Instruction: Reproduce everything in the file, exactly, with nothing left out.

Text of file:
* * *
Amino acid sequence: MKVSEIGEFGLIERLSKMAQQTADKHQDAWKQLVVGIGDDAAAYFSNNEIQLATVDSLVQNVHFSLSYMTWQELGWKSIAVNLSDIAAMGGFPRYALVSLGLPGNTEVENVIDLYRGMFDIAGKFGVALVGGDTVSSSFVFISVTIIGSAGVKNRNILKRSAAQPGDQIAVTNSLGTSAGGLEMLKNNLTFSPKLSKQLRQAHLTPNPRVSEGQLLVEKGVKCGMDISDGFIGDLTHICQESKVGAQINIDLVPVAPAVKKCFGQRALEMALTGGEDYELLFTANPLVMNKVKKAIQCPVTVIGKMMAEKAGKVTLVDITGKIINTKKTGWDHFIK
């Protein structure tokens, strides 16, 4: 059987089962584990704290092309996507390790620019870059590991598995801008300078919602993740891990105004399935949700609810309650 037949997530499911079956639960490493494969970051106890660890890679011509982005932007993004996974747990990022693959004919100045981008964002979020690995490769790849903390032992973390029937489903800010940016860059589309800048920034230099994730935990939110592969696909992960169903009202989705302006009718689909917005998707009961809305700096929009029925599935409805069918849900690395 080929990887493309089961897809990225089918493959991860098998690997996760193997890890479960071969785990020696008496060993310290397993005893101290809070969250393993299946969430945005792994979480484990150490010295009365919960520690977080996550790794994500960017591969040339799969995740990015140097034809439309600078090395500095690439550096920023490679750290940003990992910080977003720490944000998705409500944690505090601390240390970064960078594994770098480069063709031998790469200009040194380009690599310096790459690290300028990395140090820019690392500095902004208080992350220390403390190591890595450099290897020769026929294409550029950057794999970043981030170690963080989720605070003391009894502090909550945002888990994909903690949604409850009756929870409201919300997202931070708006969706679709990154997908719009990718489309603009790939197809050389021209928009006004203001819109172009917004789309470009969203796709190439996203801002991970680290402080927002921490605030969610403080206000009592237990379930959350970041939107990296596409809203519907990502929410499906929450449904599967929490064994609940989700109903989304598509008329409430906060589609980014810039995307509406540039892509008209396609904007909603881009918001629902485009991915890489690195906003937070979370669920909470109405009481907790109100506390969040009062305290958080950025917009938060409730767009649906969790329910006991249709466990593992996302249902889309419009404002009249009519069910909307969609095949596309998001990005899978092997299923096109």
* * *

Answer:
Amino acid sequence: MKVSEIGEFGLIERLSKMAQQTADKHQDAWKQLVVGIGDDAAAYFSNNEIQLATVDSLVQNVHFSLSYMTWQELGWKSIAVNLSDIAAMGGFPRYALVSLGLPGNTEVENVIDLYRGMFDIAGKFGVALVGGDTVSSSFVFISVTIIGSAGVKNRNILKRSAAQPGDQIAVTNSLGTSAGGLEMLKNNLTFSPKLSKQLRQAHLTPNPRVSEGQLLVEKGVKCGMDISDGFIGDLTHICQESKVGAQINIDLVPVAPAVKKCFGQRALEMALTGGEDYELLFTANPLVMNKVKKAIQCPVTVIGKMMAEKAGKVTLVDITGKIINTKKTGWDHFIK
């Protein structure tokens, strides 16, 4: 059987089962584990704290092309996507390790620019870059590991598995801008300078919602993740891990105004399935949700609810309650 037949997530499911079956639960490493494969970051106890660890890679011509982005932007993004996974747990990022693959004919100045981008964002979020690995490769790849903390032992973390029937489903800010940016860059589309800048920034230099994730935990939110592969696909992960169903009202989705302006009718689909917005998707009961809305700096929009029925599935409805069918849900690395 080929990887493309089961897809990225089918493959991860098998690997996760193997890890479960071969785990020696008496060993310290397993005893101290809070969250393993299946969430945005792994979480484990150490010295009365919960520690977080996550790794994500960017591969040339799969995740990015140097034809439309600078090395500095690439550096920023490679750290940003990992910080977003720490944000998705409500944690505090601390240390970064960078594994770098480069063709031998790469200009040194380009690599310096790459690290300028990395140090820019690392500095902004208080992350220390403390190591890595450099290897020769026929294409550029950057794999970043981030170690963080989720605070003391009894502090909550945002888990994909903690949604409850009756929870409201919300997202931070708006969706679709990154997908719009990718489309603009790939197809050389021209928009006004203001819109172009917004789309470009969203796709190439996203801002991970680290402080927002921490605030969610403080206000009592237990379930959350970041939107990296596409809203519907990502929410499906929450449904599967929490064994609940989700109903989304598509008329409430906060589609980014810039995307509406540039892509008209396609904007909603881009918001629902485009991915890489690195906003937070979370669920909470109405009481907790109100506390969040009062305290958080950025917009938060409730767009649906969790329910006991249709466990593992996302249902889309419009404002009249009519069910909307969609095949596309998001990005899978092997299923096109």